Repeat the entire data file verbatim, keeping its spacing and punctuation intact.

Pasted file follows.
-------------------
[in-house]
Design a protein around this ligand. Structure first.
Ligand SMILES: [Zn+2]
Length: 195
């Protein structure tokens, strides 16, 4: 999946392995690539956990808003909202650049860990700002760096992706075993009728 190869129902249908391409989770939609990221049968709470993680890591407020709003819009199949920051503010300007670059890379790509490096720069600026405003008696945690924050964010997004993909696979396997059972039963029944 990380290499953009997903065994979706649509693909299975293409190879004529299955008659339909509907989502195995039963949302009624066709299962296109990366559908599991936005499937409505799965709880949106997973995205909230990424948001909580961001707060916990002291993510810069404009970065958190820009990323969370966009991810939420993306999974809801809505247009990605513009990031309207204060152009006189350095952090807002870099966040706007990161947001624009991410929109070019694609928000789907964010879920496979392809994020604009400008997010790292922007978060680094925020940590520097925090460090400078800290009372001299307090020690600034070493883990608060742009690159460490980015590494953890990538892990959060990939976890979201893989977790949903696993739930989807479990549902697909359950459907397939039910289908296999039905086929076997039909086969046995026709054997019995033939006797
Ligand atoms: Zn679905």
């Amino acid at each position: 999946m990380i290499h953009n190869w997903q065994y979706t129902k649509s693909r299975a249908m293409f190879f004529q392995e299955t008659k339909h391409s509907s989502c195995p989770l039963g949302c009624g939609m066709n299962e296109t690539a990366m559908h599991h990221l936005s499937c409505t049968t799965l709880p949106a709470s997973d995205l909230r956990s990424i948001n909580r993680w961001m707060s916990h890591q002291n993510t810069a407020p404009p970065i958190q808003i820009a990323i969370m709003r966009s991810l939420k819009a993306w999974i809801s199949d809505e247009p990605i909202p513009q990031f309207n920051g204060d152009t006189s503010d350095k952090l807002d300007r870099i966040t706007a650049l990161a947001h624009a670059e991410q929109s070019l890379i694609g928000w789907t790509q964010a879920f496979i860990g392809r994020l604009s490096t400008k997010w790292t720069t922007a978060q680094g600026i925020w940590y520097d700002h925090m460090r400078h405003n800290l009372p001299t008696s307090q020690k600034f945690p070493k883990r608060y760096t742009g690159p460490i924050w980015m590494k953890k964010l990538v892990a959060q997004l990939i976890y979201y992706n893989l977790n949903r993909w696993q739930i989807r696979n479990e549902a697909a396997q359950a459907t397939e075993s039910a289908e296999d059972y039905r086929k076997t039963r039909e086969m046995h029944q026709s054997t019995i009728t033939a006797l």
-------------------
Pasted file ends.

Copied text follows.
[in-house]
Design a protein around this ligand. Structure first.
Ligand SMILES: [Zn+2]
Length: 195
């Protein structure tokens, strides 16, 4: 999946392995690539956990808003909202650049860990700002760096992706075993009728 190869129902249908391409989770939609990221049968709470993680890591407020709003819009199949920051503010300007670059890379790509490096720069600026405003008696945690924050964010997004993909696979396997059972039963029944 990380290499953009997903065994979706649509693909299975293409190879004529299955008659339909509907989502195995039963949302009624066709299962296109990366559908599991936005499937409505799965709880949106997973995205909230990424948001909580961001707060916990002291993510810069404009970065958190820009990323969370966009991810939420993306999974809801809505247009990605513009990031309207204060152009006189350095952090807002870099966040706007990161947001624009991410929109070019694609928000789907964010879920496979392809994020604009400008997010790292922007978060680094925020940590520097925090460090400078800290009372001299307090020690600034070493883990608060742009690159460490980015590494953890990538892990959060990939976890979201893989977790949903696993739930989807479990549902697909359950459907397939039910289908296999039905086929076997039909086969046995026709054997019995033939006797
Ligand atoms: Zn679905």
């Amino acid at each position: 999946m990380i290499h953009n190869w997903q065994y979706t129902k649509s693909r299975a249908m293409f190879f004529q392995e299955t008659k339909h391409s509907s989502c195995p989770l039963g949302c009624g939609m066709n299962e296109t690539a990366m559908h599991h990221l936005s499937c409505t049968t799965l709880p949106a709470s997973d995205l909230r956990s990424i948001n909580r993680w961001m707060s916990h890591q002291n993510t810069a407020p404009p970065i958190q808003i820009a990323i969370m709003r966009s991810l939420k819009a993306w999974i809801s199949d809505e247009p990605i909202p513009q990031f309207n920051g204060d152009t006189s503010d350095k952090l807002d300007r870099i966040t706007a650049l990161a947001h624009a670059e991410q929109s070019l890379i694609g928000w789907t790509q964010a879920f496979i860990g392809r994020l604009s490096t400008k997010w790292t720069t922007a978060q680094g600026i925020w940590y520097d700002h925090m460090r400078h405003n800290l009372p001299t008696s307090q020690k600034f945690p070493k883990r608060y760096t742009g690159p460490i924050w980015m590494k953890k964010l990538v892990a959060q997004l990939i976890y979201y992706n893989l977790n949903r993909w696993q739930i989807r696979n479990e549902a697909a396997q359950a459907t397939e075993s039910a289908e296999d059972y039905r086929k076997t039963r039909e086969m046995h029944q026709s054997t019995i009728t033939a006797l």